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New Lease on Life for Mansion : Silver Lake: The religious order that owns the estate plans to keep and repair it. This decision is a relief to neighbors and preservationists.


Ending two years of speculation, an order of nuns has announced that it will scrap plans to sell a five-acre mountaintop estate in Silver Lake that was once the home of a Los Angeles oil heiress during her marriage to a silent movie star.

Having failed to find a buyer, the Mexico-based Franciscan Missionary Sisters of the Immaculate Conception has decided instead to repair the earthquake-damaged mansion as a retreat and training facility for nuns. The home for girls--which was the primary use of the house from 1929 until it was damaged in the October, 1987, earthquake--will not be reopened because the four nuns who ran the facility are either aged or infirm.

Although the decision put to rest the fears of both neighbors and historic preservationists that the wooded property would be subdivided, it also leaves the religious order burdened with a restoration project that could cost more than $150,000.

"I have joy and at the same time I have fright," said Sister Benigna, the spunky but elderly nun who supervised the girls' home for decades and now is responsible for raising the money for repairs.

In an understated letter announcing the change of plans, Sister Benigna asked neighbors and supporters for help in financing the restoration of the 1922 mansion.

"At first, I said, 'Oh, we can do it.' Now, I wonder if they are that much willing to help or able to," the nun said, referring to people who live near the mansion as well as a group of volunteers affiliated with the order.

The Spanish-Italian-style villa, which commands a 360-degree view of the city from the highest point of Micheltorena Street, was declared uninhabitable after several cracks appeared in its unreinforced masonry walls during the 1987 quake. The handful of girls living there were moved to other homes and the four nuns moved into a converted stable on the property.

Because of the anticipated cost of the repairs, the leadership of the Franciscan Sisters decided to sell. The proceeds were to be used to build a preschool to serve poor families in the San Fernando Valley, an attorney representing the order said.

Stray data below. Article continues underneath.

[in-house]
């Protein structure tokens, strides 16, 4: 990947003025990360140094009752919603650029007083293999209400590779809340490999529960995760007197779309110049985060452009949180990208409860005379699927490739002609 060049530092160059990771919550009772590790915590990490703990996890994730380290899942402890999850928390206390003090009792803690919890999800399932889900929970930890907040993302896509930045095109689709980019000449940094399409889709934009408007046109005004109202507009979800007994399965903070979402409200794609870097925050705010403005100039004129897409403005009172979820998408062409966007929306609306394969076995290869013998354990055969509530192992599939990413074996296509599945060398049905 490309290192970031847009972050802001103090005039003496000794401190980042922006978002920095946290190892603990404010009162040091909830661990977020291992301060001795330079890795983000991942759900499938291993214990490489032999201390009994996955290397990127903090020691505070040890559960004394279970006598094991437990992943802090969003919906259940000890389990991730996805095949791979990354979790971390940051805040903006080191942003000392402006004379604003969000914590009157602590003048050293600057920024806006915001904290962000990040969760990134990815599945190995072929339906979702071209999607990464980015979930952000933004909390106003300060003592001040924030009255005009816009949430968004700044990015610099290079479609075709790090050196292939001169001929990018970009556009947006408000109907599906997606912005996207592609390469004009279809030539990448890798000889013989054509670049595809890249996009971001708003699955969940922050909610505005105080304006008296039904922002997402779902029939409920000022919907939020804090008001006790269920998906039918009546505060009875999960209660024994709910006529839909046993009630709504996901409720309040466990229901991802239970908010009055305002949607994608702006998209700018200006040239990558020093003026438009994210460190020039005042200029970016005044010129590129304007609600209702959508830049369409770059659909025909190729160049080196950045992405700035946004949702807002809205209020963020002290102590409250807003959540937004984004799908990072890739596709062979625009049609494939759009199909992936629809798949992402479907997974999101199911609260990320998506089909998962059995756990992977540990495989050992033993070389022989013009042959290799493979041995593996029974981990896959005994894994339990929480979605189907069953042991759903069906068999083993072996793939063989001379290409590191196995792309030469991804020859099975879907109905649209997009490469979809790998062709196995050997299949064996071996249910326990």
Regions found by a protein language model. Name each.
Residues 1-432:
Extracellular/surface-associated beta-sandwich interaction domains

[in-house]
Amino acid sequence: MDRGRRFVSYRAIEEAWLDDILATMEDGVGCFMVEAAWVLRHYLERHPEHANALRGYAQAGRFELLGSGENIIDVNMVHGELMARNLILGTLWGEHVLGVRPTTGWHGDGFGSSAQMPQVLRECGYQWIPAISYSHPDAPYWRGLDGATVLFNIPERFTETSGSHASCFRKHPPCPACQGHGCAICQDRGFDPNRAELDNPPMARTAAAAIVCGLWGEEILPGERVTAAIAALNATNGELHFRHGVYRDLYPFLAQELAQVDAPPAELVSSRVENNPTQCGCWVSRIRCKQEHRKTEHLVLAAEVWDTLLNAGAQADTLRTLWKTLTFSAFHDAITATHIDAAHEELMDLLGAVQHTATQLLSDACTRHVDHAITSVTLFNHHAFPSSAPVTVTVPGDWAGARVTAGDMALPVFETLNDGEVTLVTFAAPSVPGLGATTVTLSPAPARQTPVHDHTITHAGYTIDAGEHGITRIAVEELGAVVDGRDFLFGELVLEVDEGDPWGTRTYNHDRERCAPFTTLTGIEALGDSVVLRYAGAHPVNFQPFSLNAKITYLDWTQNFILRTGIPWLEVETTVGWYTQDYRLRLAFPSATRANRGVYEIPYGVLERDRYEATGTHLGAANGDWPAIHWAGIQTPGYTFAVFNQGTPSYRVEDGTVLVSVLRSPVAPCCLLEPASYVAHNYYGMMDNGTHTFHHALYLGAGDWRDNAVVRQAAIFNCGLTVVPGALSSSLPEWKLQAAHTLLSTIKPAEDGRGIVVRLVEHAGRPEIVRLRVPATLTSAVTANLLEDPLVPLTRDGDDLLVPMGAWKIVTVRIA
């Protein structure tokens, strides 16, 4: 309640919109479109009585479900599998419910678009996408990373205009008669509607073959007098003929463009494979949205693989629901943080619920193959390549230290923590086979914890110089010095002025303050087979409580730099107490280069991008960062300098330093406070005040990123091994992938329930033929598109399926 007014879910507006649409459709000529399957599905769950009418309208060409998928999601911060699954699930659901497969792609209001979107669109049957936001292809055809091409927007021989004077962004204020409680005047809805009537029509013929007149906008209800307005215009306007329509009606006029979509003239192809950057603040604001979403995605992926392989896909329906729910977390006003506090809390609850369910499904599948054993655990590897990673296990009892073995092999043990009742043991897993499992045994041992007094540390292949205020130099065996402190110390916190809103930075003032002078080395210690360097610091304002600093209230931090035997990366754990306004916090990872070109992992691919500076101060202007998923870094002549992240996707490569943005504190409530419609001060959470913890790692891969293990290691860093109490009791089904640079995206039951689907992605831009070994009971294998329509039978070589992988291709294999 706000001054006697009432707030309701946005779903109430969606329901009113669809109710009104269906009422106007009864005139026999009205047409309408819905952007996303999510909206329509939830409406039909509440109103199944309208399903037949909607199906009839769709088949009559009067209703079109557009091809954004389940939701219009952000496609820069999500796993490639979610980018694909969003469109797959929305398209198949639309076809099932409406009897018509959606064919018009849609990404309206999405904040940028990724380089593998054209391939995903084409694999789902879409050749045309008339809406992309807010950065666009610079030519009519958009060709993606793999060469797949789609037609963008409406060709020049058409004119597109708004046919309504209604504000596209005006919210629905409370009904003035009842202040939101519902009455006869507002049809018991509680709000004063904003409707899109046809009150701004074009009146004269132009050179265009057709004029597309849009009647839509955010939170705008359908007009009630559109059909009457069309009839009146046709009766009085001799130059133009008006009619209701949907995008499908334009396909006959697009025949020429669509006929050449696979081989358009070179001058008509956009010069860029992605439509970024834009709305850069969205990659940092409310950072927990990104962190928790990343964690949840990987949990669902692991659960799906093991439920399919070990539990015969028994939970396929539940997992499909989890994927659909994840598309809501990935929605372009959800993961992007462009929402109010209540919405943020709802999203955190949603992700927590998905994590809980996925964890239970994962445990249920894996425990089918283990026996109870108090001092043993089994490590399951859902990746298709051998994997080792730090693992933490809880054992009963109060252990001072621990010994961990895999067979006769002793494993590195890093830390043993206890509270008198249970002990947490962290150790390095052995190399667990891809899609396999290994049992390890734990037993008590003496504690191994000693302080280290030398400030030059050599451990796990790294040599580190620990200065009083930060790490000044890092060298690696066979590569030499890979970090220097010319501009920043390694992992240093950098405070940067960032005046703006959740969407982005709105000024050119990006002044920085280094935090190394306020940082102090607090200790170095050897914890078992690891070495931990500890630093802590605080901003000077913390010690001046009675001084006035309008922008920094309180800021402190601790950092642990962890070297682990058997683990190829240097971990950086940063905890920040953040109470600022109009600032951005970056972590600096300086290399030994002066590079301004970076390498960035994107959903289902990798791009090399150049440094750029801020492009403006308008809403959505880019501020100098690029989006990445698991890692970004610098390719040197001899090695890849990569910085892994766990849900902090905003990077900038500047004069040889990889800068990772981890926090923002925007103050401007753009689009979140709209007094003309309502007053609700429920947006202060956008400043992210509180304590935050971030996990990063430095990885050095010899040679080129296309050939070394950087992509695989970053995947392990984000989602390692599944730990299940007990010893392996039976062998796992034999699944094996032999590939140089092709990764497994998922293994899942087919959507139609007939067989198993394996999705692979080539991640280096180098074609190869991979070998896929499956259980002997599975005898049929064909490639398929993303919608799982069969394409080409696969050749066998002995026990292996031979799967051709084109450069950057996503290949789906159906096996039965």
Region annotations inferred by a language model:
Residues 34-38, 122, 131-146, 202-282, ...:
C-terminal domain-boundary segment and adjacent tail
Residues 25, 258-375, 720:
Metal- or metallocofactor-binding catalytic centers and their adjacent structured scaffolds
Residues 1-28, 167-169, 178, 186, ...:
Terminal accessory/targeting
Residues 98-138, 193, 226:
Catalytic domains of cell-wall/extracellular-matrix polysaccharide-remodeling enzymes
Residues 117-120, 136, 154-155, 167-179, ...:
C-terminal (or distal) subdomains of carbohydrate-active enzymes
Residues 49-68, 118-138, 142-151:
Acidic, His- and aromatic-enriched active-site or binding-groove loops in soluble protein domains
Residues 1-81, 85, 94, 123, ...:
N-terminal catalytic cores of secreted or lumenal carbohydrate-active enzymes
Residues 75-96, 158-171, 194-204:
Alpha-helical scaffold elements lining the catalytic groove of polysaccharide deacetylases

However, residents of the steep neighborhood around the property objected when Los Angeles developer John Rizzo negotiated an option to buy the property for subdivision.

The residents circulated a petition and wrote to the order's provincial headquarters in San Fernando and to Archbishop Roger M. Mahoney opposing any change in the use of the site.

More significantly, the Los Angeles Conservancy successfully pressed to have the property designated a historic-cultural monument on the virtue of its architecture and unusual history.

The mansion had been the home of Daisy Canfield Danziger, the daughter of oil magnate Charles A. Canfield, and silent film star Antonio Moreno during their brief, illustrious marriage. Moreno at the time was second only to Valentino in popularity as a Latin screen lover. In a report supporting the nomination, historian Portia Lee described the mansion as the setting of lavish Sunday gatherings that mixed Moreno's Hollywood acquaintances with the Canfields' society connections.

The social life at the mansion ended abruptly in 1928 with the breakup of the marriage, but the villa was converted to a girls' home and was maintained almost without change by the Canfield family charity. In accordance with their father's will, Daisy Canfield and her two sisters deeded the estate to the Chloe P. Canfield Memorial Home, a training facility for girls established in their mother's name.

When the foundation was dissolved in the early 1950s, the Los Angeles Catholic Archdiocese bought the property and deeded it to the Franciscan Sisters who continued to run the girls' home until the earthquake.

At one point, opponents of the estate's sale considered legal action to enforce the original deed requiring the property to remain a facility for girls. However, when it was designated as a monument by the Los Angeles Cultural Heritage Commission in August, 1988, developer Rizzo dropped his plans without a fight.

Christopher J. Anderson, an attorney who represented the sisters, said at the time that they intended to continue looking for a buyer.

"In many ways, the Micheltorena property has become like an expensive antique automobile," Anderson said then. "Collecting and fixing up antique cars and homes is something for the rich."

The conservancy offered to help the sisters find a developer who was committed to preserving the house as part of a development plan.

Over the next six months, several inquiries came to the conservancy, said preservation officer Teresa Grimes. Proposals included building homes around the Canfield-Moreno house, restoring it as a bed-and-breakfast business or a hotel and--in a concept put forward by actor Billy Barty--converting it into a home for little people.

Grimes said all the potential buyers were referred to the sisters' real estate agent, but none pursued their plans.

"I don't think anyone was prepared to pay $6.5 million," Grimes said.

Interest in the estate fell off abruptly in the spring of 1989, Grimes said. Since then, the order maintained complete silence on the disposition of the property until Sister Benigna's letters went out last month.

Soon after that, Sister Benigna organized a $20 a person fund-raising event that included dinner and tours of the house. The event raised about $4,000, she said.

Beyond that and the requests for donations, Sister Benigna said, she has no comprehensive plan for raising the money.

"We're just planning on God, divine providence and the good will of the people," she said.

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